My Life As A Boy

As a boy, I’d gaze closely at the reflection in windows or mirrors to look at my face. Both the subtle and blunt hostility emanating from my peer group inevitably sowed self-doubt. What made school life even more irksome was trying to decipher what triggered this selective contempt. Why were only some children targeted? Why were others favored? Was it my darker skin, my slower speech or my hesitancy?

In order to psychologically survive in this antagonistic environment, I grew up out of touch with my emotions. By example, I learned to feel pain as little as possible. At least on the outside. I battled silently seeking to understand what made me different. To complicate matters, communication was miniscule in my family of origin. Thus, I felt ashamed of myself most of the time, though I acted cool and tried to pretend none of this was having an effect upon me.

In order to find kindred souls I travelled across time and distance. Along the way I met Charlotte Bronte. I found it at once remarkably soothing to connect with someone who resonated what I was experiencing. Through each word, each phrase, she taught me how to value my highly sensitive nature.

Her Christian faith defined who she was. It helped her question both convention and personal convenience. With the inner-eye of a sage, she knew how to articulate the inner core of her being — the part usually hidden from the rest of the world. What follows is just one excerpt of her magical perceptivity and self-awareness — always sprinkled with a generosity of literary genius.

“What a consternation of soul was mine that dreary afternoon! How all my brain was in tumult, and all my heart in insurrection! Yet in what darkness, what dense ignorance, was the mental battle fought! I could not answer the ceaseless inward question—WHY I thus suffered; now, at the distance of—I will not say how many years, I see it clearly.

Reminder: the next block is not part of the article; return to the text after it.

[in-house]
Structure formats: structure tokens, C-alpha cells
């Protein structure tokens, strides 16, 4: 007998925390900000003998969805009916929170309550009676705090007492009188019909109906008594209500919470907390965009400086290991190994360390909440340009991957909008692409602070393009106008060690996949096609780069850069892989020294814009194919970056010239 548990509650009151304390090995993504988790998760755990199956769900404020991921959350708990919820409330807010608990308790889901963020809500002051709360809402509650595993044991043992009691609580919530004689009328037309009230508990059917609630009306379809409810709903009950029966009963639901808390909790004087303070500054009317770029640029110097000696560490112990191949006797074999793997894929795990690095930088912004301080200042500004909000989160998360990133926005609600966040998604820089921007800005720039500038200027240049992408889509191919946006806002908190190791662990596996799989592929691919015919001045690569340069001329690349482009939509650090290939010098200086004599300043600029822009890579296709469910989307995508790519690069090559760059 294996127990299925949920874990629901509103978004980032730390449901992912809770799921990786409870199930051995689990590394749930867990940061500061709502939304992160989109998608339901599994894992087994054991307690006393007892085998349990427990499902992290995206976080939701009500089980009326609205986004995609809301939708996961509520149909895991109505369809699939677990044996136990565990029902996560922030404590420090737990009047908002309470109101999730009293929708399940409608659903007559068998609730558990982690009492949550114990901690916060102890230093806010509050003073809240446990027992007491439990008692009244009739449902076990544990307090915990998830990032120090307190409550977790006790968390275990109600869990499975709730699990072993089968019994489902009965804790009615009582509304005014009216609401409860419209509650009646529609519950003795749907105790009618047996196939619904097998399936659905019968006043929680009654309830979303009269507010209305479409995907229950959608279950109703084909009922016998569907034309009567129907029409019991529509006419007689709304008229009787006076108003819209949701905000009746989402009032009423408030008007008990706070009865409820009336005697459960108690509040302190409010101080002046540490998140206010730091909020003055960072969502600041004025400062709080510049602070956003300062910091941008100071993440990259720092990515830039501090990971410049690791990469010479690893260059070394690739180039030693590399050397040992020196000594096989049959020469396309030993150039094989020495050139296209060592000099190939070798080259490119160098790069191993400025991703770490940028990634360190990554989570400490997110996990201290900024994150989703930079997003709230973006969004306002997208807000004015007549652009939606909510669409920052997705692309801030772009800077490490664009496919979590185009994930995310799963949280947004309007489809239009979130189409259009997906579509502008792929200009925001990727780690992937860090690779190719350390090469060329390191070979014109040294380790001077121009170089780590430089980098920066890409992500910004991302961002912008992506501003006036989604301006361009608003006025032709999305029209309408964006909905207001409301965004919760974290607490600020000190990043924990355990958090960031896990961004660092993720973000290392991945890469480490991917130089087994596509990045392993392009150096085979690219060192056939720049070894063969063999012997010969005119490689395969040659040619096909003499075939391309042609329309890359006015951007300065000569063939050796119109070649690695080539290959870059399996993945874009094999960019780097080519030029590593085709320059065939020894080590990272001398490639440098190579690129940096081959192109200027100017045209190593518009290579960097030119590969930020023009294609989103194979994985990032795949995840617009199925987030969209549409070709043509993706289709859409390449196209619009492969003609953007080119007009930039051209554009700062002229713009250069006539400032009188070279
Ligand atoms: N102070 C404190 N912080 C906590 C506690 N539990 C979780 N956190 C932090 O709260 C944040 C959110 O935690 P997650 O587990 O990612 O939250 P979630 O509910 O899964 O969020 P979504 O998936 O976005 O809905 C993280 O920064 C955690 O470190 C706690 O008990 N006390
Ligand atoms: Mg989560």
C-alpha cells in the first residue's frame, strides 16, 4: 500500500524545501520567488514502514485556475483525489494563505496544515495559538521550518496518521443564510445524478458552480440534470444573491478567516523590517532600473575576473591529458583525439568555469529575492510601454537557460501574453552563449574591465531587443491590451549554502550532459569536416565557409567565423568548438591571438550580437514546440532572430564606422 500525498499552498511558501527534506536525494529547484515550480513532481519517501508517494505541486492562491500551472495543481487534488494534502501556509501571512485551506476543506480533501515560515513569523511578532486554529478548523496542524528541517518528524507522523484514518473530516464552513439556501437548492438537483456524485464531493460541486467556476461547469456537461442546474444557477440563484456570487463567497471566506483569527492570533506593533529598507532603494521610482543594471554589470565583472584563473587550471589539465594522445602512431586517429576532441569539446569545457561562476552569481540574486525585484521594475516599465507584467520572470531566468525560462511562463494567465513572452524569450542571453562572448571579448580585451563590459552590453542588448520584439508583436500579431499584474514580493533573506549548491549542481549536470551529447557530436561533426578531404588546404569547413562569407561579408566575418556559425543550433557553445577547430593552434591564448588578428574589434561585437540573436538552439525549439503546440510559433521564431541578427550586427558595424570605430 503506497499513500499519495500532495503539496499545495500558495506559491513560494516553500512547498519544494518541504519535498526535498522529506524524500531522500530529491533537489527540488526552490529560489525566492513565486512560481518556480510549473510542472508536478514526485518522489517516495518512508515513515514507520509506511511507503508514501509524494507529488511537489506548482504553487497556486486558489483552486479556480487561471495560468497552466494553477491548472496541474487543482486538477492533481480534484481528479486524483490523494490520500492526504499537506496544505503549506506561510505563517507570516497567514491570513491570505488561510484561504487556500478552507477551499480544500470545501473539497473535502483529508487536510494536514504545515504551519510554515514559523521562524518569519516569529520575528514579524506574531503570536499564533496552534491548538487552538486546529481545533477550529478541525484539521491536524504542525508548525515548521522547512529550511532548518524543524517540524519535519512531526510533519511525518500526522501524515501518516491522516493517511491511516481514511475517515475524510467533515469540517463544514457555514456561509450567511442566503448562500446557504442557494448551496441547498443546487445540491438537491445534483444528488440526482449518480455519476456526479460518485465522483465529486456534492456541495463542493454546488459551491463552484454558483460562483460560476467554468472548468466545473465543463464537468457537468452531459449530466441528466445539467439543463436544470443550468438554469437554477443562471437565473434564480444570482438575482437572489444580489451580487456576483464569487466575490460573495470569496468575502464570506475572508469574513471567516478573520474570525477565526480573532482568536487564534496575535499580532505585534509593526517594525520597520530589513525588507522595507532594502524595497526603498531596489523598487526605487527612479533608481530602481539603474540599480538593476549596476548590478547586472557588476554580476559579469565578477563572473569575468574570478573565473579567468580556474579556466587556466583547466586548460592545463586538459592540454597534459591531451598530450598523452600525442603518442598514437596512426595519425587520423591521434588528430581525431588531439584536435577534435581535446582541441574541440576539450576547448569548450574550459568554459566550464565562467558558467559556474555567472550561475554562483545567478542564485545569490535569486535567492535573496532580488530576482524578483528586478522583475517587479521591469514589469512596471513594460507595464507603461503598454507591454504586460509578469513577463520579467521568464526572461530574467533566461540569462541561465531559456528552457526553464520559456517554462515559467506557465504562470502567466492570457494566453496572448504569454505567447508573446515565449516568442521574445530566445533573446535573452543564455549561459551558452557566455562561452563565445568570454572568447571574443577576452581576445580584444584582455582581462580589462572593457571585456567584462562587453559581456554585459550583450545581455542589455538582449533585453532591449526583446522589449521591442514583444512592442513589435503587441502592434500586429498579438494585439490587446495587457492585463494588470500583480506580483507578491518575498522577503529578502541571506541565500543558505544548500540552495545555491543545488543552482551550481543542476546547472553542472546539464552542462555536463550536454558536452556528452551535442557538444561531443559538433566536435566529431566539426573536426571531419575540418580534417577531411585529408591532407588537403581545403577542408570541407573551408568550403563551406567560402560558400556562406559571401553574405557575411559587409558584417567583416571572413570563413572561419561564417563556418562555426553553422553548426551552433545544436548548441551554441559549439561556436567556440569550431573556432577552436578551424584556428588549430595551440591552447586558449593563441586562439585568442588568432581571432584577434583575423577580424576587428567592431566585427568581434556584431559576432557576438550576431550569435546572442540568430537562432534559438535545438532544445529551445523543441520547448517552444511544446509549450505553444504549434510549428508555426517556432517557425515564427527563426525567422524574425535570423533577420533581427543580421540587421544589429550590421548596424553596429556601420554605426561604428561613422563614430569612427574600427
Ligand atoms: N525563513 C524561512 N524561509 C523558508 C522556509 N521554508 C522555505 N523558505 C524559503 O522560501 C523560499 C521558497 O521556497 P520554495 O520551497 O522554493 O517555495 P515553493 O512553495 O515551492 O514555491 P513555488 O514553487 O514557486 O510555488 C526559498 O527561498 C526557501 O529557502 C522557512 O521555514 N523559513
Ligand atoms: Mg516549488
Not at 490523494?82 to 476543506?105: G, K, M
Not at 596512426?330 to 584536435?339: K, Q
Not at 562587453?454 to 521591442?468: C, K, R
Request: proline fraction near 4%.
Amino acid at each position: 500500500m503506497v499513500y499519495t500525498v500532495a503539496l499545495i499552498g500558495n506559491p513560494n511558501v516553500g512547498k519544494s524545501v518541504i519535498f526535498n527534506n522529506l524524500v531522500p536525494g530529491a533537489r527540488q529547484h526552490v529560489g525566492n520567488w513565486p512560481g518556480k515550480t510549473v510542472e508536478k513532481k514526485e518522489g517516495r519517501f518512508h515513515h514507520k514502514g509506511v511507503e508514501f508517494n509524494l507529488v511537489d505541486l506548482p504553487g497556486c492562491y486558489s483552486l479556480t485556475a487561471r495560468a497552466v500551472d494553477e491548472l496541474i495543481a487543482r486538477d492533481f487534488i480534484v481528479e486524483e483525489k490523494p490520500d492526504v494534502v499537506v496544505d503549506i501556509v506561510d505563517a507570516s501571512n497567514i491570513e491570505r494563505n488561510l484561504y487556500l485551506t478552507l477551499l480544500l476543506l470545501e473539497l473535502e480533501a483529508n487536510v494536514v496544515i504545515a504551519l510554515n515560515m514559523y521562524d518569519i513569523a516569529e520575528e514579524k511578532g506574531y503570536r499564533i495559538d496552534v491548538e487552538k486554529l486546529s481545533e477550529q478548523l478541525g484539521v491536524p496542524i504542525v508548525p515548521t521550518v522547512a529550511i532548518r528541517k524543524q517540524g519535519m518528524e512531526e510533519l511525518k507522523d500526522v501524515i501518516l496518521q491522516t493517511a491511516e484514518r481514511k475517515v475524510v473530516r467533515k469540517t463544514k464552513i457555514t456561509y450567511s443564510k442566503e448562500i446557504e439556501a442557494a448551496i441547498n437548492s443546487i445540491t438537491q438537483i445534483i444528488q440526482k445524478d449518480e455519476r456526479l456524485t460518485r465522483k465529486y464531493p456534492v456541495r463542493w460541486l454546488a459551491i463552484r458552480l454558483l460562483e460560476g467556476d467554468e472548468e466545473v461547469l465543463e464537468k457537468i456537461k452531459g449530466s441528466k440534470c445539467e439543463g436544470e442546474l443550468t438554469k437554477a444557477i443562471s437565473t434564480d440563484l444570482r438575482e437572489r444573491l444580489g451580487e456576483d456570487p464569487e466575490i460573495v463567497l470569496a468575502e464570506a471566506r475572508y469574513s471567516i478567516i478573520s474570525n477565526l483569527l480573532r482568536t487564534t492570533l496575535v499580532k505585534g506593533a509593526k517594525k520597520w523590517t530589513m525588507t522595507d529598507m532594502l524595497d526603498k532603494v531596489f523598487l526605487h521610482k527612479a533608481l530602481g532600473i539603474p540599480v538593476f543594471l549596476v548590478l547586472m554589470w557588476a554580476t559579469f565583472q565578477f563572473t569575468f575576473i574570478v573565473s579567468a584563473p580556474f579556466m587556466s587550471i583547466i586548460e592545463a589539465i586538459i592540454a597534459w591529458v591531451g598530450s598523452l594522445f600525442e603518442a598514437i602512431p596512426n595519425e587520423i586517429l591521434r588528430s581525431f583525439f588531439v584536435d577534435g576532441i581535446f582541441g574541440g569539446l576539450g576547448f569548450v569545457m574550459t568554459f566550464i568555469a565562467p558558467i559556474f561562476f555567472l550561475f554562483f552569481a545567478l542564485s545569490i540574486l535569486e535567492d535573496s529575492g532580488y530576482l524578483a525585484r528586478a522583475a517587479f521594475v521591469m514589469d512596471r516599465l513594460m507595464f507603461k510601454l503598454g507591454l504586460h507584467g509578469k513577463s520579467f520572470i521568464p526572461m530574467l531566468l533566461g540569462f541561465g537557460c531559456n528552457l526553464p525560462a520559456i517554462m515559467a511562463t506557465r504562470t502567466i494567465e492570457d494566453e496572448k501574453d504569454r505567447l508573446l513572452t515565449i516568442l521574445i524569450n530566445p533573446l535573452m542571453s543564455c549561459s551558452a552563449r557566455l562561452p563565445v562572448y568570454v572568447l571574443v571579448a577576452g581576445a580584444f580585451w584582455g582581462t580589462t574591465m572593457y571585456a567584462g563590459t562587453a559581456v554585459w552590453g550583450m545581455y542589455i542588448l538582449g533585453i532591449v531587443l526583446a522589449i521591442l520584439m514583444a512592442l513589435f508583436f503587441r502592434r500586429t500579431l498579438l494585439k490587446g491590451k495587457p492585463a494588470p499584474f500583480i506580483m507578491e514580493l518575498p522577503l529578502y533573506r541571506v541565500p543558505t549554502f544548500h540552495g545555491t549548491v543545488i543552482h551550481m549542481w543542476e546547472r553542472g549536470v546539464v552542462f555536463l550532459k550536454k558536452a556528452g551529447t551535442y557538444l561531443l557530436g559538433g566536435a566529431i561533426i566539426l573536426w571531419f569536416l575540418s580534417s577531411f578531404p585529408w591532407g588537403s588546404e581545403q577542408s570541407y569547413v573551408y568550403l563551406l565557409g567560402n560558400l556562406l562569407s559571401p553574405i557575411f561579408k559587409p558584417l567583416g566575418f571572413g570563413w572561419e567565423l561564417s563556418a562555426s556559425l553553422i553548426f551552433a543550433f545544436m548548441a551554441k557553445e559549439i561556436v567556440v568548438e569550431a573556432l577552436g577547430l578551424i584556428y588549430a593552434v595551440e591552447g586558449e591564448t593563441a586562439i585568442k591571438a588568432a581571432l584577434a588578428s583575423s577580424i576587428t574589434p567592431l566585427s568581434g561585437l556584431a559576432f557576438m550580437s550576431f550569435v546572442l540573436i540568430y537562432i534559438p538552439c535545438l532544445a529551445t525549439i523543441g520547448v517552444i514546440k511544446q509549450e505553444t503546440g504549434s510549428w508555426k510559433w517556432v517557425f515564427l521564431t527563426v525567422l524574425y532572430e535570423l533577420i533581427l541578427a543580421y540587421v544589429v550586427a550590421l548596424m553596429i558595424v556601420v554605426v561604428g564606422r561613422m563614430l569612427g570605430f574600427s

I was a discord in Gateshead Hall; I was like nobody there; I had nothing in harmony with Mrs. Reed or her children, or her chosen vassalage (those in position of submission). If they did not love me, in fact, as little did I love them. They were not bound to regard with affection a thing that could not sympathize with one amongst them; a heterogeneous thing, opposed to them in temperament, in capacity, in propensities; a useless thing, incapable of serving their interest, or adding to their pleasure; a noxious thing, cherishing the germs of indignation at their treatment, of contempt of their judgment. I know that had I been a sanguine, brilliant, careless, exacting, handsome, romping child – though equally dependent and friendless – Mrs. Reed would have endured my presence more complacently; her children would have entertained for me more of the cordiality of fellow-feeling; the servants would have been less prone to make me the scape-goat of the nursery.” — Jane Eyre by Charlotte Bronte (1.2.30)

In some ways that broken child still bleeds inside me, but voices like Jane Eyre help me to reconstruct meaning out of a brutally distorted past. It all started by breaking with the fashionable philosophy of leaving “the past in the past” — a convenient form of white-washing. We are released from past humiliation when we deal with it. For the highly reactive temperament, this requires patient soul-searching and a tender approach to re-parenting the wounded-inner child.
iNtuitiveFEeling iNtuitiveFEeling
56-60, M
Dec 12, 2012